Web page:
Marine Compound May Provide New Treatment for Neuropathic Pain

August 7, 2009
Julia Ernst, MS

Capnellene, a chemical isolated from the soft coral Capnella imbricata, may enable scientists to create a new treatment for neuropathic pain.

A compound that was initially isolated from a soft coral on an island off of Taiwan may enable scientists to create a new treatment for neuropathic pain.

Researchers in the Department of Marine Biotechnology and Resources at National Sun Yat-Sen University in Taiwan found that capnellene, the chemical isolated from the soft coral Capnella imbricata, “significantly reduced pain-related activities in isolated microglia, and that these compounds also significantly reversed hyperalgesic behaviour in the experimental rats.”

Treatment for neuropathic pain is limited and the treatments that do exist work poorly for controlling symptoms. The discovery of capnellene as an analgesic indicates a new candidate for treating neuropathic pain, the researchers said.

The researchers examined the effects of capnellene (GB9) and its acetylated derivative, GB10, “on the expression of inducible nitric oxide synthase (iNOS), and cyclooxygenase-2 (COX-2) in interferon-γ (IFN-γ)-stimulated mouse microglial BV2 cells,” according to a study published in the British Journal of Pharmacology.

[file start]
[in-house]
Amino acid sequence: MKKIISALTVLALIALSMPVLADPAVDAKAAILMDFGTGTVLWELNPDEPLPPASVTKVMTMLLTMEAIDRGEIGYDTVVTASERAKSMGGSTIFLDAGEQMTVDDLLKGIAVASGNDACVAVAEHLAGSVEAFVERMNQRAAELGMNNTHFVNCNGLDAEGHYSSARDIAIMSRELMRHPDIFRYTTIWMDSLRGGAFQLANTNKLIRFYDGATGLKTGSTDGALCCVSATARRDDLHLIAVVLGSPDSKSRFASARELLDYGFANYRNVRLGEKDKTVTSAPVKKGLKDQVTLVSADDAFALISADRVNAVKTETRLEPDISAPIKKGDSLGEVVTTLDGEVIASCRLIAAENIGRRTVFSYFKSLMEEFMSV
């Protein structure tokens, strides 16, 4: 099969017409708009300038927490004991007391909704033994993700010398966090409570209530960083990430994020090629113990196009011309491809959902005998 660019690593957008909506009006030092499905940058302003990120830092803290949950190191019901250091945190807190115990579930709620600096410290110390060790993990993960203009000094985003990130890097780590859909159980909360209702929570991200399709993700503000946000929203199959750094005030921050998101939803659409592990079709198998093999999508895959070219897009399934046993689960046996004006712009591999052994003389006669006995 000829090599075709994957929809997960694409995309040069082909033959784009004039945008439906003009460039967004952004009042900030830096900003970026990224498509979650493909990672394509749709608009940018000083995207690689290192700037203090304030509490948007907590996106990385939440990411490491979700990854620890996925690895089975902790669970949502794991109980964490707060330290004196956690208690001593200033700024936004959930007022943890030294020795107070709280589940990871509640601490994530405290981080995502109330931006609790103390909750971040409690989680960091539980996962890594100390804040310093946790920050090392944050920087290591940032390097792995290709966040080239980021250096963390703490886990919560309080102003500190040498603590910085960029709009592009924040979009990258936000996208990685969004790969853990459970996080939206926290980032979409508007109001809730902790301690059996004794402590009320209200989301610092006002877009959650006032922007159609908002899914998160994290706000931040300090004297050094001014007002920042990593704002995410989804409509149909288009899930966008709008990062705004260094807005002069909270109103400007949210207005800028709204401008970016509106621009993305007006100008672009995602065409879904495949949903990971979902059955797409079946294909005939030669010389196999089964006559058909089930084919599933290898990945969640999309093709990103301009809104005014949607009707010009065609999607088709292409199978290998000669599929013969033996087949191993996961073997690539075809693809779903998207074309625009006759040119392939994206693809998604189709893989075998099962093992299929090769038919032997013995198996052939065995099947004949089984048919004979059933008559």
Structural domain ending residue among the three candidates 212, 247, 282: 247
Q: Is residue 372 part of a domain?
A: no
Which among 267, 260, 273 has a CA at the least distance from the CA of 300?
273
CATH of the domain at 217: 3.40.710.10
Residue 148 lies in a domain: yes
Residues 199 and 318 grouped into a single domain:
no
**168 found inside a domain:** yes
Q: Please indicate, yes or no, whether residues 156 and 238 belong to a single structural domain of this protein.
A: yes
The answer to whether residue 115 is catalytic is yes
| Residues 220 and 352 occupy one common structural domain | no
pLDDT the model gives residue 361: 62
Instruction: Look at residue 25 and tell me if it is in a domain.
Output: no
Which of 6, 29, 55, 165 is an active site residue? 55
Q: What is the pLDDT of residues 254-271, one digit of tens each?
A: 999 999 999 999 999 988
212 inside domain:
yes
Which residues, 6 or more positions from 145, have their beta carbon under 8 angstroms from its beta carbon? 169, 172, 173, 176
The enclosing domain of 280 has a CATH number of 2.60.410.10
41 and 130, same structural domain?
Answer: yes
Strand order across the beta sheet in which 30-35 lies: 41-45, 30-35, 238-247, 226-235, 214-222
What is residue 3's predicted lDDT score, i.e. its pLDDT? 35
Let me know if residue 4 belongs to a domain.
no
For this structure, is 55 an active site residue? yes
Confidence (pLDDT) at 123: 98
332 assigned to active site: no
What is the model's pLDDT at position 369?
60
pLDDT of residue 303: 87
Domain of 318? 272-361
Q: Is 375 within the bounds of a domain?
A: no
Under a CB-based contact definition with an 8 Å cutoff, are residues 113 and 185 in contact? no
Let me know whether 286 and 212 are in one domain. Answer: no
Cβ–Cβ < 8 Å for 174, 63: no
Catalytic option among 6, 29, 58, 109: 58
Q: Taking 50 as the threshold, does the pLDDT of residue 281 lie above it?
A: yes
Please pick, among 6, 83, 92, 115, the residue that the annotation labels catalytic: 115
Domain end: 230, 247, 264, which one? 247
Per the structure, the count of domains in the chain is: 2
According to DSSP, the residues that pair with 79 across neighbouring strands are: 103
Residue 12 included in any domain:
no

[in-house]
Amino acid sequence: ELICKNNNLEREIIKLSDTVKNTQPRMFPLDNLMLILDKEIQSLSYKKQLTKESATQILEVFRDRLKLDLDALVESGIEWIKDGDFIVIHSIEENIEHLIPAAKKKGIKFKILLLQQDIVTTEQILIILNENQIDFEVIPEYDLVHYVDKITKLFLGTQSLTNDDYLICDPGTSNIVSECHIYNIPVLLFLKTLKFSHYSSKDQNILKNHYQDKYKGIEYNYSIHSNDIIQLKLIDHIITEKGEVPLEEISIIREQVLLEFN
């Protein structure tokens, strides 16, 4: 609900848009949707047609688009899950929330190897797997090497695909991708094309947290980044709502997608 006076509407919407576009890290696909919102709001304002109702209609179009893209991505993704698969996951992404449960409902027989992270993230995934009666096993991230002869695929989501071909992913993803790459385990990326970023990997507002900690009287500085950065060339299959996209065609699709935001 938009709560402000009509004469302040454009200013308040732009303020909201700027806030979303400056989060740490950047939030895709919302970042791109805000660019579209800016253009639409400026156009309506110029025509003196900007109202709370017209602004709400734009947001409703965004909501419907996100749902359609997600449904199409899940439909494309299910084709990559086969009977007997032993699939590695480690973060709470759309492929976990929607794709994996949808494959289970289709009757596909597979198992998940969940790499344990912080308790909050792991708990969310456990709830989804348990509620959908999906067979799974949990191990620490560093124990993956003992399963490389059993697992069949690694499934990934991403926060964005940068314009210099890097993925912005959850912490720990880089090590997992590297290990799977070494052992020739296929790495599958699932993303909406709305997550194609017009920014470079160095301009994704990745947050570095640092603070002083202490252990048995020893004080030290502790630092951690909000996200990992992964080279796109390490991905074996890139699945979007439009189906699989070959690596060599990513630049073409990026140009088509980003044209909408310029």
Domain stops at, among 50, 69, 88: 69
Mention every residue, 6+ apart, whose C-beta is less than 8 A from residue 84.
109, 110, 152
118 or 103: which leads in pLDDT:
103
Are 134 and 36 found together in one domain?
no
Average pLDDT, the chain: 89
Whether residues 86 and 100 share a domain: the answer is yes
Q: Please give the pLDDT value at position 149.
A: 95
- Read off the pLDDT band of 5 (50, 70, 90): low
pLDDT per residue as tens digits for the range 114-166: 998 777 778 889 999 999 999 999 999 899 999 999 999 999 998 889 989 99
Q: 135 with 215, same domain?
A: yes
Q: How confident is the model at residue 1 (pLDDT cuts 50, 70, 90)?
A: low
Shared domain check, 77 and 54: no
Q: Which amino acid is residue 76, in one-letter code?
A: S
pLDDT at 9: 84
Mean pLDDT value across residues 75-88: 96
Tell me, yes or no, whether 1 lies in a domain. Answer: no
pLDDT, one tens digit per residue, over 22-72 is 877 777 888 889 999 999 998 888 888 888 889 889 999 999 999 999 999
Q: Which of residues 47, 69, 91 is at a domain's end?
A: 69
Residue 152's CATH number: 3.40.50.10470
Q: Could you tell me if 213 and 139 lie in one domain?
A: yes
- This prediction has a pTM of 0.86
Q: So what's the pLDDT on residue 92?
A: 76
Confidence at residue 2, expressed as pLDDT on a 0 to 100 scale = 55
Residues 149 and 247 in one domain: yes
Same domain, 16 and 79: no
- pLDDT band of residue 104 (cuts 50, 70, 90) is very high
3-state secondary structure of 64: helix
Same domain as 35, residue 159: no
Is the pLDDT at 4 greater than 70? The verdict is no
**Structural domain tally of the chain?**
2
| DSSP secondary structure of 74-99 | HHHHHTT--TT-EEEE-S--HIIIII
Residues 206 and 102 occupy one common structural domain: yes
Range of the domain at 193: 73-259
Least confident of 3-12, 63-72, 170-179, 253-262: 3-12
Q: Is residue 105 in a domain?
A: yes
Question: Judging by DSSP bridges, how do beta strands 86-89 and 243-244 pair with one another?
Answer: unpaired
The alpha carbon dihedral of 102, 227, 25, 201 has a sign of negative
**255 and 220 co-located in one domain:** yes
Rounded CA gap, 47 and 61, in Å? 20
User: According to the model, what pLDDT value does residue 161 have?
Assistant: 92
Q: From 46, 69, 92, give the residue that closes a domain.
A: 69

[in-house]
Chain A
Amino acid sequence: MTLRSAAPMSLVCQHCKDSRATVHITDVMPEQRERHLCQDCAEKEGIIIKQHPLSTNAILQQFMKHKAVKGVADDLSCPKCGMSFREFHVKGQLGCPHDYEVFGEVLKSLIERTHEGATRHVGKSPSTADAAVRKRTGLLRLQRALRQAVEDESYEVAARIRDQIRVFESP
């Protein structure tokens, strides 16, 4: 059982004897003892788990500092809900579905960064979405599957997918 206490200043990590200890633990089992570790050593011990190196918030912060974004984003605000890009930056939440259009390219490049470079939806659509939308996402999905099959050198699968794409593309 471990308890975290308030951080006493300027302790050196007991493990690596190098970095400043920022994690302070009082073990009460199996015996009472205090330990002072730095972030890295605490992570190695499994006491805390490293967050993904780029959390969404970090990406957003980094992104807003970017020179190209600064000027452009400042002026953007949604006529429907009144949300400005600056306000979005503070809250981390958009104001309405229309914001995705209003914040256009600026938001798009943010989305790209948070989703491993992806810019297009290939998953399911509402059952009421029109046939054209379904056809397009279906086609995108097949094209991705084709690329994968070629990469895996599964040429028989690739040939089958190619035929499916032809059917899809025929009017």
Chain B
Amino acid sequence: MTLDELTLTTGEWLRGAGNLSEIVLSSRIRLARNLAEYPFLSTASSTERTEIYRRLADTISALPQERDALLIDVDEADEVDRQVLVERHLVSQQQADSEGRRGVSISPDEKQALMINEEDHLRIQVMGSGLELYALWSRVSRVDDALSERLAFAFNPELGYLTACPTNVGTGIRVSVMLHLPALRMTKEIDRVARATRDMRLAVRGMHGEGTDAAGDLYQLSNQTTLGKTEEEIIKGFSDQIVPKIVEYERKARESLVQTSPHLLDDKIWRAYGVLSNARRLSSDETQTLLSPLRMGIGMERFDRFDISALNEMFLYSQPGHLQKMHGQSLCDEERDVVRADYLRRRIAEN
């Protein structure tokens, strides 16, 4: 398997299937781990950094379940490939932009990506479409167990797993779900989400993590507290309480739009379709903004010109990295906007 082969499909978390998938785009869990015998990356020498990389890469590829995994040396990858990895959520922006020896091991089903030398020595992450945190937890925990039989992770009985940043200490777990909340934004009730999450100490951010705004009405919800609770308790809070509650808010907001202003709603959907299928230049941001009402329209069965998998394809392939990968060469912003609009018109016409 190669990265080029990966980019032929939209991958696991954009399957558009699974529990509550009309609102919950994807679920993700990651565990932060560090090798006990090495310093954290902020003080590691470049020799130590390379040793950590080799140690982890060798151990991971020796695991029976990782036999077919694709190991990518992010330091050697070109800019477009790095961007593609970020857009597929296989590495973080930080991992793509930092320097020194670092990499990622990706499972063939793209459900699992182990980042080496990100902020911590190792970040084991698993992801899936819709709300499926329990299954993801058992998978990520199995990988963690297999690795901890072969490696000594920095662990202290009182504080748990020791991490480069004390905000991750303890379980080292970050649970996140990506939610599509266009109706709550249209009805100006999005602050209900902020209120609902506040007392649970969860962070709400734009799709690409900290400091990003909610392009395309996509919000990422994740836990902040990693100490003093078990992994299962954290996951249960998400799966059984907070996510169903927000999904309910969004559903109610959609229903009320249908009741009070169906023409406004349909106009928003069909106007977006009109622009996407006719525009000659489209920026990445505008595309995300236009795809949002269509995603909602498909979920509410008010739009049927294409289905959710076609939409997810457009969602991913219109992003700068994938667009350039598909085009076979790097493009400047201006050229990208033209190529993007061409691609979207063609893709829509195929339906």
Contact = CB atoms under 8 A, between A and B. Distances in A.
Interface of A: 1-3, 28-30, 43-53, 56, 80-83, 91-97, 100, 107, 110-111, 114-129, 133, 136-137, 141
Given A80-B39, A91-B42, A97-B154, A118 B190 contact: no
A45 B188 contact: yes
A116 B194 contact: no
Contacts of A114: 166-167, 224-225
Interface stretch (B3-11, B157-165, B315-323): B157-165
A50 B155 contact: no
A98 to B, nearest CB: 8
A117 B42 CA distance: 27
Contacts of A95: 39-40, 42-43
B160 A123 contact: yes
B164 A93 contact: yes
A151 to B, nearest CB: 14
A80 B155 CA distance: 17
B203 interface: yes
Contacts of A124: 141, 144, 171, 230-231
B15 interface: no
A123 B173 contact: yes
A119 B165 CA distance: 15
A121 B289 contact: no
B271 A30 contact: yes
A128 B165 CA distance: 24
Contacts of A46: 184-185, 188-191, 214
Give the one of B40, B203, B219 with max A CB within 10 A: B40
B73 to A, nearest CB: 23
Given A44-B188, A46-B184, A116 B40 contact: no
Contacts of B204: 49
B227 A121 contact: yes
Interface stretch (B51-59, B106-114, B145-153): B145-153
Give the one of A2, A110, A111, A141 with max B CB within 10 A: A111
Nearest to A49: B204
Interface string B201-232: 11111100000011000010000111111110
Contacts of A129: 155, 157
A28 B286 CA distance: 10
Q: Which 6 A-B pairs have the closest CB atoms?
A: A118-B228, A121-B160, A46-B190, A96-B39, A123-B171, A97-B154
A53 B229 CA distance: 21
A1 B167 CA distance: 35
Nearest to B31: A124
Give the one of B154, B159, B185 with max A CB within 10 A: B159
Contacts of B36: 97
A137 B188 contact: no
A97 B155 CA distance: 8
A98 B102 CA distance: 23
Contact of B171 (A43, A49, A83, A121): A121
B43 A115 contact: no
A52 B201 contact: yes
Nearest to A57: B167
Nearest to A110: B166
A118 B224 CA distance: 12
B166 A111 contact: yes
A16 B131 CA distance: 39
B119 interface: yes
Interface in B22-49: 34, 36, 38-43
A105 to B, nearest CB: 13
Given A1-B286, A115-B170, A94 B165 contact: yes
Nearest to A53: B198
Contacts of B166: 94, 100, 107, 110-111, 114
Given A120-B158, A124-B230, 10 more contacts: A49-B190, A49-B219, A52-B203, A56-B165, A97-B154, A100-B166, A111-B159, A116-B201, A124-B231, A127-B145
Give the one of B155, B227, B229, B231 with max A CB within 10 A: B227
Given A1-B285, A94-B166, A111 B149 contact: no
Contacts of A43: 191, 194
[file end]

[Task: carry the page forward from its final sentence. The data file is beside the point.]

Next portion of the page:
The key results of the study showed that, “in BV2 cells, GB9 and GB10 inhibited the expression of iNOS and COX-2, stimulated by IFN-γ.” In addition, “intrathecal administration of GB9 and GB10 inhibited CCI-induced nociceptive sensitization and thermal hyperalgesia in a dose-dependent manner” and “intraperitoneal injection of GB9 inhibited CCI-induced thermal hyperalgesia and also inhibited CCI-induced activation of microglial cells and up-regulation of COX-2 in the dorsal horn of the lumbar spinal cord ipsilateral to the injury.”

"To provide better quality of life, we need new drugs that can act rapidly and have specific functions with low side effects. Moreover, we need better management for chronic pain conditions," said Dr Zhi-Hong Wen, one author of the study. "Today there are few pharmacological agents that can help people suffering from neuropathic pain, but we believe that these marine-derived compounds could lead to the development of a new range of drugs of great potential.”